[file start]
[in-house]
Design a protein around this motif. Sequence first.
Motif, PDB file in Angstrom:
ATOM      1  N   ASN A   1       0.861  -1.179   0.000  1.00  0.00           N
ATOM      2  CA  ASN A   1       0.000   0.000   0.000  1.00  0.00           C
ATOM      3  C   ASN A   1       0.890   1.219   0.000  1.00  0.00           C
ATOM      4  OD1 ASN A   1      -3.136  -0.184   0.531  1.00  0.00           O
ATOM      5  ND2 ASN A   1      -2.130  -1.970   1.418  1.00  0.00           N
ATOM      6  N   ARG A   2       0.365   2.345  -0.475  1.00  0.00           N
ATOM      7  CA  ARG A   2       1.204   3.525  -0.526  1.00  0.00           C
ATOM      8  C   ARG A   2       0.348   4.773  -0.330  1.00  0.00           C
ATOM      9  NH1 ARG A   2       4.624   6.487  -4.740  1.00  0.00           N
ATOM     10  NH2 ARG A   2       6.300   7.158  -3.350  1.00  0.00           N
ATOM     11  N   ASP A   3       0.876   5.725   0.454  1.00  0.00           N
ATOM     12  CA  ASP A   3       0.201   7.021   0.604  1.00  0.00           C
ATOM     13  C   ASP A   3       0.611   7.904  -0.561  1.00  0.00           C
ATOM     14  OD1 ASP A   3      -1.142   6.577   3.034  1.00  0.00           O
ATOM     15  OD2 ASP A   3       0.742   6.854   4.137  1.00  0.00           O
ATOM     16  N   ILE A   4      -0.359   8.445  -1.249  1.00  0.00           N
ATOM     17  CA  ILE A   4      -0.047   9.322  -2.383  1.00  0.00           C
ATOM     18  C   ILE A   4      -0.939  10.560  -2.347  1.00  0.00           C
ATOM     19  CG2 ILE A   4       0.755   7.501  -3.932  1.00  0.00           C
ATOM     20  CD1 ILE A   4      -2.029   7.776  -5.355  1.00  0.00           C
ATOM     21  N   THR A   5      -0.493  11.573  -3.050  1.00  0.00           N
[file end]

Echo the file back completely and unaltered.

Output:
[in-house]
Design a protein around this motif. Sequence first.
Motif, PDB file in Angstrom:
ATOM      1  N   ASN A   1       0.861  -1.179   0.000  1.00  0.00           N
ATOM      2  CA  ASN A   1       0.000   0.000   0.000  1.00  0.00           C
ATOM      3  C   ASN A   1       0.890   1.219   0.000  1.00  0.00           C
ATOM      4  OD1 ASN A   1      -3.136  -0.184   0.531  1.00  0.00           O
ATOM      5  ND2 ASN A   1      -2.130  -1.970   1.418  1.00  0.00           N
ATOM      6  N   ARG A   2       0.365   2.345  -0.475  1.00  0.00           N
ATOM      7  CA  ARG A   2       1.204   3.525  -0.526  1.00  0.00           C
ATOM      8  C   ARG A   2       0.348   4.773  -0.330  1.00  0.00           C
ATOM      9  NH1 ARG A   2       4.624   6.487  -4.740  1.00  0.00           N
ATOM     10  NH2 ARG A   2       6.300   7.158  -3.350  1.00  0.00           N
ATOM     11  N   ASP A   3       0.876   5.725   0.454  1.00  0.00           N
ATOM     12  CA  ASP A   3       0.201   7.021   0.604  1.00  0.00           C
ATOM     13  C   ASP A   3       0.611   7.904  -0.561  1.00  0.00           C
ATOM     14  OD1 ASP A   3      -1.142   6.577   3.034  1.00  0.00           O
ATOM     15  OD2 ASP A   3       0.742   6.854   4.137  1.00  0.00           O
ATOM     16  N   ILE A   4      -0.359   8.445  -1.249  1.00  0.00           N
ATOM     17  CA  ILE A   4      -0.047   9.322  -2.383  1.00  0.00           C
ATOM     18  C   ILE A   4      -0.939  10.560  -2.347  1.00  0.00           C
ATOM     19  CG2 ILE A   4       0.755   7.501  -3.932  1.00  0.00           C
ATOM     20  CD1 ILE A   4      -2.029   7.776  -5.355  1.00  0.00           C
ATOM     21  N   THR A   5      -0.493  11.573  -3.050  1.00  0.00           N